A royal dictate requiring San Juan to trade only with Spanish ships increased the isolation of the city from outside influences. And while San Juan was designated the first papal see in the NewWorld and remained a crucial stronghold of Spanish influence, rival cities such as Ponce and San Germán on the other side of the island thrived on smuggling and slowly sapped the economic strength of the capital. Waves of wealthy fugitives from revolutions in Haiti, the Dominican Republic, Venezuela and elsewhere breathed some new cultural life into San Juan during the 18th and 19th centuries. But by the end of the 19th century, the city represented fading Spanish power in the Americas, and the once-influential residents of this fortress city could only watch helplessly as events began to overtake them.

The American Century

After nearly 400 years, the only successful assault on El Morro ended with more of a whimper than a bang. Despite a few rounds of cannon fire between the old fort and US battleships, the heavy fighting of the 1898 Spanish-American War took place in Cuba. When it was over, defeated Spanish forces glumly handed over the keys to San Juan to the United States in a ceremony at La Fortaleza on October 18, 1898. At the time, the population of San Juan was estimated at about 12,000. Slowly at first, the city began to grow as North American influence opened it to increasing trade. World War II drew increased US attention to the strategic location of the island, and investment poured in from the north. It may have happened too fast. As poor farmers and agricultural workers flocked to San Juan to apply for new jobs offered by US-based manufacturers, roads and housing complexes spread at a pace that outstripped long-term planning efforts. North American residents and visitors preferred the beachside communities of Condado and Isla Verde, where they built high-rise luxury hotels that marked the beginning of the San Juan tourism industry. Moneyed East Coast residents seeking a sunny week away from the cold at home began to arrive in droves. These early visitors generally stayed within the confines of the all-inclusive hotels, however, and tourism revenues left the island almost as quickly as they arrived. Meanwhile, Old San Juan languished in terms of tourism, and until recently was better known for its seedy faded glory than as a classy, forward-thinking travel destination.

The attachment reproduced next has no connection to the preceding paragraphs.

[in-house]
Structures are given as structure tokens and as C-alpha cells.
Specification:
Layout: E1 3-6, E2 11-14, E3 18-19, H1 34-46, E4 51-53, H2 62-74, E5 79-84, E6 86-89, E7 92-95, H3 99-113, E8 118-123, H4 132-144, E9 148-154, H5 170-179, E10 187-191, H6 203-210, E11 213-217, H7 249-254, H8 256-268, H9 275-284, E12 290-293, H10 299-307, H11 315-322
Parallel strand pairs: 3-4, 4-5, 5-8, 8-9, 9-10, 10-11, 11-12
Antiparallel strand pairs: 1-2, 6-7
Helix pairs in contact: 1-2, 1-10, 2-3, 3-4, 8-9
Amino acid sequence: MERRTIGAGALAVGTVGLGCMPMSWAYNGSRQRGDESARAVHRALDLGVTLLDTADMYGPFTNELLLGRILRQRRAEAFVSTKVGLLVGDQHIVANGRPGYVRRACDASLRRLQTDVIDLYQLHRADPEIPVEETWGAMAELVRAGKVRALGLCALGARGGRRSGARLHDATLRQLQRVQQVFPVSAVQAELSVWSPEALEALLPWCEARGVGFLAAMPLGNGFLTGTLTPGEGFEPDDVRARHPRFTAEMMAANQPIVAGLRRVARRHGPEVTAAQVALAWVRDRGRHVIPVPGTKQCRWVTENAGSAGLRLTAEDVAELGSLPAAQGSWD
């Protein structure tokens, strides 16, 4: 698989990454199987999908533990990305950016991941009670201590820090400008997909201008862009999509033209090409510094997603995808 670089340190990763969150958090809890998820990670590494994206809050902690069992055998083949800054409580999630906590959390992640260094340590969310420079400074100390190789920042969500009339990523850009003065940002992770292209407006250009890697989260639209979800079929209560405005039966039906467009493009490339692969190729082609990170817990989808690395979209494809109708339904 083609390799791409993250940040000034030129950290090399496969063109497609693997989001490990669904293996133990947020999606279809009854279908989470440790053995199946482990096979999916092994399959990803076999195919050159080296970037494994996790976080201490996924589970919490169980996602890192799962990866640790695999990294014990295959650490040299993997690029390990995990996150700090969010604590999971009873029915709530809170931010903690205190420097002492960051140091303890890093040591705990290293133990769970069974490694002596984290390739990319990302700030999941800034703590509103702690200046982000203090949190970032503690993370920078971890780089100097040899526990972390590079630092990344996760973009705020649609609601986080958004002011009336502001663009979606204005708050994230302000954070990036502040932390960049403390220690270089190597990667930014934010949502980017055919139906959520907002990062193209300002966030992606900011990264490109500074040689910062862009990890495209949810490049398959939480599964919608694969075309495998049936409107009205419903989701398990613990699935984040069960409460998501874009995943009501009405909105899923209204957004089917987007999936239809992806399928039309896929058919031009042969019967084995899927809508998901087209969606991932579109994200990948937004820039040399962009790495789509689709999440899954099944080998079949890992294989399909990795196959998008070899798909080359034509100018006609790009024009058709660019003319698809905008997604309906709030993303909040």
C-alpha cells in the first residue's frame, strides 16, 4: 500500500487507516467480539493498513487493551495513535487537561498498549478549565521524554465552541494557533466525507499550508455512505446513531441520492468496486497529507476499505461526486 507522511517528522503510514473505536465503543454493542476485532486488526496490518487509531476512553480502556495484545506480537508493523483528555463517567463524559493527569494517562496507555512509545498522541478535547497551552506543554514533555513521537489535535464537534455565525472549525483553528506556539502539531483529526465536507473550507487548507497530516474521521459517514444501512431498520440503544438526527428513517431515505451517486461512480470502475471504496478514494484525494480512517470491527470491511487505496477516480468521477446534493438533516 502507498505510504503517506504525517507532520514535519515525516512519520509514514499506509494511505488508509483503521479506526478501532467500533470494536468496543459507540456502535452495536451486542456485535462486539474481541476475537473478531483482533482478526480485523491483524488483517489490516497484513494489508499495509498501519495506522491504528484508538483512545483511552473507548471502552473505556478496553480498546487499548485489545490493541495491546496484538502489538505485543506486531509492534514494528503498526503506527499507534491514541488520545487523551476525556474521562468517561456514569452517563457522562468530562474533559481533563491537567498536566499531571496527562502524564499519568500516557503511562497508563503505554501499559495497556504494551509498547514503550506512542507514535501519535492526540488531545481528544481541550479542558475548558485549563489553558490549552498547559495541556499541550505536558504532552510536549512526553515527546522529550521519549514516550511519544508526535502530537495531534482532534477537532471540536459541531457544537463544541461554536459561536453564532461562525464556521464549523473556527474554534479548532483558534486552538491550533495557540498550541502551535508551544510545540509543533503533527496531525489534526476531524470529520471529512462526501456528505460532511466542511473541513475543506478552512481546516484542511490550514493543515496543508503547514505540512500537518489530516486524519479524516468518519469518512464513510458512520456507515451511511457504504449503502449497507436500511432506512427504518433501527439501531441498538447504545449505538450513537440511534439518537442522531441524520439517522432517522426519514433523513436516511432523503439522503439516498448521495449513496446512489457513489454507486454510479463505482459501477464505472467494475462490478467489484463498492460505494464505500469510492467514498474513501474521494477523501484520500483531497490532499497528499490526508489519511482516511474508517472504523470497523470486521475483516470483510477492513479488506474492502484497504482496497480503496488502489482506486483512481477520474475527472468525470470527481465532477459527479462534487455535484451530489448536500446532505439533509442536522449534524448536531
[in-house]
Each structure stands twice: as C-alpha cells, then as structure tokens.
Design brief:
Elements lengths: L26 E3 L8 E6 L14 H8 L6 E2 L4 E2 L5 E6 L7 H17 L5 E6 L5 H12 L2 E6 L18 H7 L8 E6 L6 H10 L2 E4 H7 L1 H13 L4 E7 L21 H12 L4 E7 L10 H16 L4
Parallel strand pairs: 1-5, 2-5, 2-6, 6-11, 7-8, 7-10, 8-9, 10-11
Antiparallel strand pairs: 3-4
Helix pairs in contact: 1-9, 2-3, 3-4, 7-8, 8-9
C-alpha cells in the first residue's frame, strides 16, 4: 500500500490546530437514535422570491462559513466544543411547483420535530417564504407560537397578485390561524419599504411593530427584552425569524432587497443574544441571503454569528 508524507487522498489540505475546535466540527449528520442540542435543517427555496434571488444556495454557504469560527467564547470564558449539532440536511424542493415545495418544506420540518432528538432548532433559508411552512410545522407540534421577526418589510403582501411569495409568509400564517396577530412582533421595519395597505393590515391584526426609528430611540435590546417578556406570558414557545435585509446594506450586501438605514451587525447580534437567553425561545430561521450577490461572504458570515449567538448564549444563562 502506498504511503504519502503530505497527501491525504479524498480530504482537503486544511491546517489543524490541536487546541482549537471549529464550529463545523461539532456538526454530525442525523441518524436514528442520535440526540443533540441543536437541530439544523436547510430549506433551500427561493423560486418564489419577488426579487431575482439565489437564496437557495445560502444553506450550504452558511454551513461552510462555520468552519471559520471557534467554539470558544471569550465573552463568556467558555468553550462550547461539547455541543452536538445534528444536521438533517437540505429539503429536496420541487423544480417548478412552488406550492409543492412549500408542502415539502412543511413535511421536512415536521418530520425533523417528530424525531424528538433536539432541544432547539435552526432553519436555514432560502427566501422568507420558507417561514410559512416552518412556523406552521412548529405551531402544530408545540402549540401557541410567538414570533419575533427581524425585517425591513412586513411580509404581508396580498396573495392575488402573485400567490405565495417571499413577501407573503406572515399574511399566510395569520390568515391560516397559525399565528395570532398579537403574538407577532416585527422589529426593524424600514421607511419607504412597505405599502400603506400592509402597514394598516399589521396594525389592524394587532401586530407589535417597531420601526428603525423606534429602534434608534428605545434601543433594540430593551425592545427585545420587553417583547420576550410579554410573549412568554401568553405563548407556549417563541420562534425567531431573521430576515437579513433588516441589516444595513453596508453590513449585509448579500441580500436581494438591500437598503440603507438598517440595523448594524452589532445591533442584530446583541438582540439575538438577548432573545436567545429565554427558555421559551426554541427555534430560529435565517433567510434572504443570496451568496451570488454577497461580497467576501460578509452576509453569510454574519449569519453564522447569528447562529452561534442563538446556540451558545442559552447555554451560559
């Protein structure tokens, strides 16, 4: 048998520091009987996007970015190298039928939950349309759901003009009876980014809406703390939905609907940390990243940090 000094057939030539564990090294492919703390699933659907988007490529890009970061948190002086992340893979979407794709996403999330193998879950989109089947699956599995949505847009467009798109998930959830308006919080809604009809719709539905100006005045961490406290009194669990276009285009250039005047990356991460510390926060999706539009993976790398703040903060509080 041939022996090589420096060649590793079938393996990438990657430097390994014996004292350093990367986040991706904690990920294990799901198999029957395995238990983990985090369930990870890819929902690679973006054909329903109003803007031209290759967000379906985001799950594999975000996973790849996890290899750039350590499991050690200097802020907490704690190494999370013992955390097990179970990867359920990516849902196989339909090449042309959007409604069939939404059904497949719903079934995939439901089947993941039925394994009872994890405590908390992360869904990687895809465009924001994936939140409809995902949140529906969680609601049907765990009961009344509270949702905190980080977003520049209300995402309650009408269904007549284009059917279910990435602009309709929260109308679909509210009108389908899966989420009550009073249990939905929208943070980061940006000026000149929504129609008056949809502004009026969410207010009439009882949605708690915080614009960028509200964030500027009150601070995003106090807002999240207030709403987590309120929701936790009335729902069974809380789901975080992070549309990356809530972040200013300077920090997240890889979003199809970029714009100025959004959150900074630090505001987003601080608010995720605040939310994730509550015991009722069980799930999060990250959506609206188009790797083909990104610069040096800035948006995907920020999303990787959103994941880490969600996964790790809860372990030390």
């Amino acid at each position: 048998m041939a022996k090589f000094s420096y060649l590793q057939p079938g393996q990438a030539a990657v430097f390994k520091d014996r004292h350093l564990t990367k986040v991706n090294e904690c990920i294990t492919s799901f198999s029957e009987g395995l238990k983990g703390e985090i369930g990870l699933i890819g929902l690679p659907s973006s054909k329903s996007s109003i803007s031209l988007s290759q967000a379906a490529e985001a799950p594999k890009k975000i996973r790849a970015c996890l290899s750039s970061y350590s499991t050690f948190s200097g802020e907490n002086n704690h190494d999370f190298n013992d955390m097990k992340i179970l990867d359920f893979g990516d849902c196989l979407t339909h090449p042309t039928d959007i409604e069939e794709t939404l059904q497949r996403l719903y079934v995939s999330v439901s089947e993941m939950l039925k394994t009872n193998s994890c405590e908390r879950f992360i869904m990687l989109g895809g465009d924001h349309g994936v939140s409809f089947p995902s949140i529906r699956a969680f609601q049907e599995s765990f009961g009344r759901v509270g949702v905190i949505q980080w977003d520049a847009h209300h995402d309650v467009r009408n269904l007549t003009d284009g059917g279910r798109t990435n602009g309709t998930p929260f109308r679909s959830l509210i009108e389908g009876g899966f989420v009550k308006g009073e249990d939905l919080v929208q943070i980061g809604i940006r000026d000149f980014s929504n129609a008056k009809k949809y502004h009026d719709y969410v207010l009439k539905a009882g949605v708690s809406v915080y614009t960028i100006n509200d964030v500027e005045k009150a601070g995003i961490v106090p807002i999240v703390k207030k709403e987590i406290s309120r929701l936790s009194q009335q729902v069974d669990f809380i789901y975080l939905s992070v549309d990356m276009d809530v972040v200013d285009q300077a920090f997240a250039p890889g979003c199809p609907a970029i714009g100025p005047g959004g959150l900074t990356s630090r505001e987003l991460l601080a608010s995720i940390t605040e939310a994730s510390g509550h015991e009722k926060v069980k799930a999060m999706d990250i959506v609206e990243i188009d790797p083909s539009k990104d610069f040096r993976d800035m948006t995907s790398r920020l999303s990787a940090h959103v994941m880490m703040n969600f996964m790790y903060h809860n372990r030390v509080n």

The Renaissance of San Juan

Since the late 20th century, the city of San Juan has undertaken an impressive face-lift of the historic quarter that could serve as a model for city planners everywhere. It goes well beyond the fresh coats of paint that brighten the pastel façades of the townhouses in Old San Juan. Ashford Avenue in Condado has undergone a major renovation, and an urban train is planned that should ease travel within Viejo San Juan. Ordinances against drinking in the streets, as well as proactive police efforts and noise and pollution control have changed the atmosphere from a rowdy town of students, pimps and drug dealers to a zone more conducive to families and tourists. The art galleries, restaurants, cafés, theme bars and shops that swell the storefronts help keep tourist revenues on the island. Cruise ship passengers by the thousands disembark to find a sparkling old city with restored colonial plazas and freshly washed cobblestones, with (as it’s often said) block for block more entertainment value than Manhattan. Old San Juan hasn’t completely lost its edge, though. The district around La Perla still teems with enough drug dealers and shady characters to entertain the most adventurous of night-prowlers. And the bars and small dance clubs still get wild on a Friday night.

Last updated November 21, 2010
Posted in   Puerto Rico  |  San Juan